Summer Campfire Safety

Wednesday March 13, 2019

Late summer nights just beg for an outdoor fire. Whether you’re renting a cabin in a state park for a weekend getaway with someone special, or just enjoying your own back yard, the smell of woodsmoke and the glint of firelight in the eyes of your loved ones is a pleasure millions of years old. It still brings a deep contentment, even in the digital age.

But…it’s dangerous. Easy to screw up and start a much larger fire than you intended. Especially as the heat of August begins to dry out the air, and the trees and plants ready themselves for autumn.

With a little planning, you can safely enjoy s’mores on your porch with the kids, or a night in the deep woods with someone you love. Just remember a few simple safety tips.

Check the Local Rules

If you’re camping, you’re almost certainly in a park, state, or national forest. And though these spaces are set aside for us to enjoy nature, they’re also carefully managed by trained experts who look after them.

They’ll have established some rules. Chances are pretty good that there’s a sign on the visitor’s center letting you know whether fires are permitted this time of year. If there isn’t, stop in and ask for tips.

Starting a campfire when the rangers have forbidden them isn’t just illegal…it’s stupid. They only post restrictions when they’re needed for everyone’s safety.

Besides, they may tell you the best spot to have and undisturbed evening around the fire. (We should also note that some parks require a fire permit. They’re typically free, or nearly so).

Check the Forecast

The easiest way to lose control of your fire is to build one on a windy night. Even a mild wind can throw burning debris at you…besides, in shifting winds, the smoke will make you miserable.

Look Around, and Even Up

The most important step in setting up a safe, enjoyable campfire is the first one – pick the right spot.

You’ll want a radius of eight to ten feet around the fire where there are no bushes, brush piles or other potential sources of fuel. The only things burnable near your fire should be the ones you bring to it.

This means looking up, too. Low-hanging branches or other obstructions can be dangerous if the fire flares where you don’t expect it to.

Build A Border If There Isn’t One

A metal fire ring or other prepared fire pit is best. But, if you’re starting a campfire in a place that isn’t prepared for one, you’ll need to prepare it. Clear a space around your intended fire, and scoop out a depression in the soil. Ring your pit with rocks that will help keep the fire to contained space.

Be Prepared with Water or Dirt

You may need to quickly put out a flare-up. Don’t wait until your fire grows larger than you planned to figure out how you’re going to deal with that.

Keep water or loose dirt ready to throw on any errant flames.

Keep Your Firewood Short, and Store it Safely

You’ll probably end up wanting smaller pieces of wood than you think. Longer, larger pieces can burn all night, and it’s wasteful to burn them part way and then douse them. Use more, smaller pieces.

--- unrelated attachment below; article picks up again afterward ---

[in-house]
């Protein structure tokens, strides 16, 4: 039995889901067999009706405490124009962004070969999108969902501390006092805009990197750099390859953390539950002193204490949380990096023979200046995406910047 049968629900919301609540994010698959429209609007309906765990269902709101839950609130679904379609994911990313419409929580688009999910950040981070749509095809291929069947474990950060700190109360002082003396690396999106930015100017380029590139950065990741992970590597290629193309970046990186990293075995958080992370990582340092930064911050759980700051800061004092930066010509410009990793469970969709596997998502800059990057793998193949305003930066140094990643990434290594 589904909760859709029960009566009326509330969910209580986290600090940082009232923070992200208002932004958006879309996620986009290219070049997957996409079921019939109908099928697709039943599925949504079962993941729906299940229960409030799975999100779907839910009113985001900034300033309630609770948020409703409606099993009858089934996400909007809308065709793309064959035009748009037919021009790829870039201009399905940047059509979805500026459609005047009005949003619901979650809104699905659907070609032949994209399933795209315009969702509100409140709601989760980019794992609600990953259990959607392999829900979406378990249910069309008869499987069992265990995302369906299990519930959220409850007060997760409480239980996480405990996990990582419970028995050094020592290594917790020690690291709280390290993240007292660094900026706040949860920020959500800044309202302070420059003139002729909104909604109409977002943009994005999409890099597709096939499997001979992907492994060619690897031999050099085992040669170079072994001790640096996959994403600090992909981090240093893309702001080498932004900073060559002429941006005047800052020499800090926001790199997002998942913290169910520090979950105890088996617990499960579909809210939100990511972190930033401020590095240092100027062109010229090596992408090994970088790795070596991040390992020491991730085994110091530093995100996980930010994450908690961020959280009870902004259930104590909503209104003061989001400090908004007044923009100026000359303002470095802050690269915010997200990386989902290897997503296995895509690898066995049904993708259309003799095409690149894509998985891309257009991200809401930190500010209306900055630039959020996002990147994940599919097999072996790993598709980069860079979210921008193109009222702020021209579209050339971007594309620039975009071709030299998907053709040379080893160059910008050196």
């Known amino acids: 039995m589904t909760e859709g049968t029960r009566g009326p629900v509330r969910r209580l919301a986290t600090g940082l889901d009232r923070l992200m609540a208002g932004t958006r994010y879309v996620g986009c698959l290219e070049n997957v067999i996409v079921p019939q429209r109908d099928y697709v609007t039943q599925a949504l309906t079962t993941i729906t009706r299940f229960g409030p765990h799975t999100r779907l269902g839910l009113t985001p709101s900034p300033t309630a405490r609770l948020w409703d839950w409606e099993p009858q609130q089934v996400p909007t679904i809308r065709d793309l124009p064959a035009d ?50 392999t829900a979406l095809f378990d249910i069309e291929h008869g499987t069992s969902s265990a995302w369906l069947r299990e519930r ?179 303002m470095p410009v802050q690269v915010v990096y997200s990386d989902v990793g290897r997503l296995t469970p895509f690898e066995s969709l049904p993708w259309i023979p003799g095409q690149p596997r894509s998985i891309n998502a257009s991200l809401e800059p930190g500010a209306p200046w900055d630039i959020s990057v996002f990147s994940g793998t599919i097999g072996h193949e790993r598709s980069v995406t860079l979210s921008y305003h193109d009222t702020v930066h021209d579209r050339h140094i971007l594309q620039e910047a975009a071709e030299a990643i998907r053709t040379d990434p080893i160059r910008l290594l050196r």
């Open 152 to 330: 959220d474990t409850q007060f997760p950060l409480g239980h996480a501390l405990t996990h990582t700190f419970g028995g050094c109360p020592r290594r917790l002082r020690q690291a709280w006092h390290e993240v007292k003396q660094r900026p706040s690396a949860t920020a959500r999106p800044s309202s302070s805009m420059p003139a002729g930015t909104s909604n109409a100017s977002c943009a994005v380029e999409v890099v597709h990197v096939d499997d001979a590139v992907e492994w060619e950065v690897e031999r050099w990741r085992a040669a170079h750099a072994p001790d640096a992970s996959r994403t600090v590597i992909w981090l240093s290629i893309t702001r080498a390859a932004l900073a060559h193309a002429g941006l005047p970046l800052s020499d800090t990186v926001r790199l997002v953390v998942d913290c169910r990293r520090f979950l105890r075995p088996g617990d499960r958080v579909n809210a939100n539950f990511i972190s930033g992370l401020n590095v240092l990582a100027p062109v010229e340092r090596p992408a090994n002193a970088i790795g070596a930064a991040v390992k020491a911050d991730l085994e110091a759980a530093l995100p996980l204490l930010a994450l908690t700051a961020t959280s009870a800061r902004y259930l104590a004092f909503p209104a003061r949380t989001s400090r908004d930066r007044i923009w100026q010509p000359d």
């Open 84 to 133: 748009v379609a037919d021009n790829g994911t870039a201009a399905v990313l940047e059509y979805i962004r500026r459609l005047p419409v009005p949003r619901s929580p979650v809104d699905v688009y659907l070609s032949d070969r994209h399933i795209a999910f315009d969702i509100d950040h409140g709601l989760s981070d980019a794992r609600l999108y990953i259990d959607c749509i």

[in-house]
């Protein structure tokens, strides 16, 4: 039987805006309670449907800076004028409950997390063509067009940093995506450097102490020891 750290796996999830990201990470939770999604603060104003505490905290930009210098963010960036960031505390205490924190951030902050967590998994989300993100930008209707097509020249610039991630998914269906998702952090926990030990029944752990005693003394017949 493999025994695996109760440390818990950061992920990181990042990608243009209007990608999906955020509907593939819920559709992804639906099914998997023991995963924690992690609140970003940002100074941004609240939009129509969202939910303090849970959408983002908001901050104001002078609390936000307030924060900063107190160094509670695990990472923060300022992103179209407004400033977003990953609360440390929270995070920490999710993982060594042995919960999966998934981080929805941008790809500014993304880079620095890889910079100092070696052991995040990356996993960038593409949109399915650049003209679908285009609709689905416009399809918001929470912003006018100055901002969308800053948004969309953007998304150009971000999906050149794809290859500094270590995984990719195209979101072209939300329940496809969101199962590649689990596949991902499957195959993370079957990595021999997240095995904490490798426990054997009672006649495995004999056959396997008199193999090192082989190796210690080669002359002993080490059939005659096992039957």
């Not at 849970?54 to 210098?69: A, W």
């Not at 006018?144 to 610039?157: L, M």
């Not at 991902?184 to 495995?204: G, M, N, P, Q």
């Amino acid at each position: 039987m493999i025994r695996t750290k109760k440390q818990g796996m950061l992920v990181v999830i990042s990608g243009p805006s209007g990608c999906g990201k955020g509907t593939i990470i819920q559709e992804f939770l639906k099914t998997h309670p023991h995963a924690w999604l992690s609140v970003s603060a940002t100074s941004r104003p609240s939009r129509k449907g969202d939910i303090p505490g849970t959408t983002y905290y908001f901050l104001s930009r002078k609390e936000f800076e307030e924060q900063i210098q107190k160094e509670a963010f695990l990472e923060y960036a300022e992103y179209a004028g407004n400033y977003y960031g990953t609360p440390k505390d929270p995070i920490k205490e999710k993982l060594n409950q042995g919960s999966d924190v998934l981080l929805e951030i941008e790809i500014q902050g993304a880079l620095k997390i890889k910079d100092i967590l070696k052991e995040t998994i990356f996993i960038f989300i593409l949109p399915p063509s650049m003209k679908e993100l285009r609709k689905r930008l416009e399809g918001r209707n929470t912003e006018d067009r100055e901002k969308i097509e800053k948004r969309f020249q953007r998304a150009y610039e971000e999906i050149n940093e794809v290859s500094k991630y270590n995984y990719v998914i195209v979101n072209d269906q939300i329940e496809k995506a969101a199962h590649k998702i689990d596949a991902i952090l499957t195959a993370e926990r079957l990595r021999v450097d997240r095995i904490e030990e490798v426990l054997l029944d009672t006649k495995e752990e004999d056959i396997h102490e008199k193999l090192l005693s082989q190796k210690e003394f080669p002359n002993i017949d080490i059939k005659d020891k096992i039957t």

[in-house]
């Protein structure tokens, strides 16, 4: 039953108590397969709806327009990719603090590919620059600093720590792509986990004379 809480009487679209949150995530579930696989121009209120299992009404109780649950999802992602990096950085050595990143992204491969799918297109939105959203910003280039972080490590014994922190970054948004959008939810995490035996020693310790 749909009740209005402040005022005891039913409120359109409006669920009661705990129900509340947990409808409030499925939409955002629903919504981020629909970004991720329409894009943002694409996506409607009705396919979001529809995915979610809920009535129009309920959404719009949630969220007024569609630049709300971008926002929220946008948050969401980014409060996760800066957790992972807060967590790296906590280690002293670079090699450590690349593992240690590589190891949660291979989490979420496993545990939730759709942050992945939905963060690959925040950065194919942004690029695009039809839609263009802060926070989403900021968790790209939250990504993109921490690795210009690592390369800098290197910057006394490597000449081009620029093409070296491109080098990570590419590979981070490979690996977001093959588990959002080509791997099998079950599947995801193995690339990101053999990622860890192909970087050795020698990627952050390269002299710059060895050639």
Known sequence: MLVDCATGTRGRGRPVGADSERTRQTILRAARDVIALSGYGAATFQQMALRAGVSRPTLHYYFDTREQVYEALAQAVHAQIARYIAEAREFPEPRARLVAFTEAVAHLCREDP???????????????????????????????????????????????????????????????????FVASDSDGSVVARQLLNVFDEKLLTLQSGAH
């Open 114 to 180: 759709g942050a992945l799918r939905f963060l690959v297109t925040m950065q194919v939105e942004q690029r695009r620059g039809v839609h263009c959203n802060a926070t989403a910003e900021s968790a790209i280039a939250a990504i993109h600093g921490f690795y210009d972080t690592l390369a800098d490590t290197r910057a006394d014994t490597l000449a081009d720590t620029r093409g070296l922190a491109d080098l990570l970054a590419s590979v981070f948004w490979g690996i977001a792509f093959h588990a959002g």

If you’re reserving some to throw on later, store it at least five feet from your fire, and upwind.

Never Use Lighter Fluid or Other Accelerants on a Campfire

You might be tempted to get the fire going with lighter fluid or some other fuel. It isn’t worth it. Build your fire slowly from small kindling, and enjoy the process. Adding liquid fuel can lead to serious injuries…and rob you of the joy of exercising a skill older than time.

Stack Wood Strategically

Build a bed of tinder (small twigs, dry leaves, and grass, or if you brought it, paper). Pile kindling (smaller sticks or cut pieces under one-inch thick) in the center in a teepee pattern.

Then place firewood around it in a lattice, or log cabin, pattern, allowing plenty of space for air to flow between the pieces. This makes for a more controllable, predictable fire. It also makes for a fire that’s easier to light.

Keep a Careful Eye on Children and Pets

You know what’s worse than a child with a nasty burn? A child with a nasty burn far from medical care, late at night.

Keep a close eye on kids and pets around the fire.

Make Someone Responsible for the Fire

Some of your group will want to wander away and come back to the fire. Some may want to go hunt through their bags for that book they’re halfway through.

Some will need to sneak off and use the facilities.

If you’re not careful, you can start a lovely fire and stop monitoring it.

So, designate someone as the keeper of the fire. You can take turns, but make sure it’s always someone’s turn.

Extinguish It Before Bed

Never leave a fire burning unattended. Never leave a few coals glowing.

When you’re done with it, put it out.

This can be done with water, or with dirt, but it must be done. Put it out, and stir the coals around to ensure they’re all wet or cold before you leave them.

Then, hold your palm a few inches from the remains of the fire to ensure it’s truly out. If you can still feel the heat, you may need to stir it again.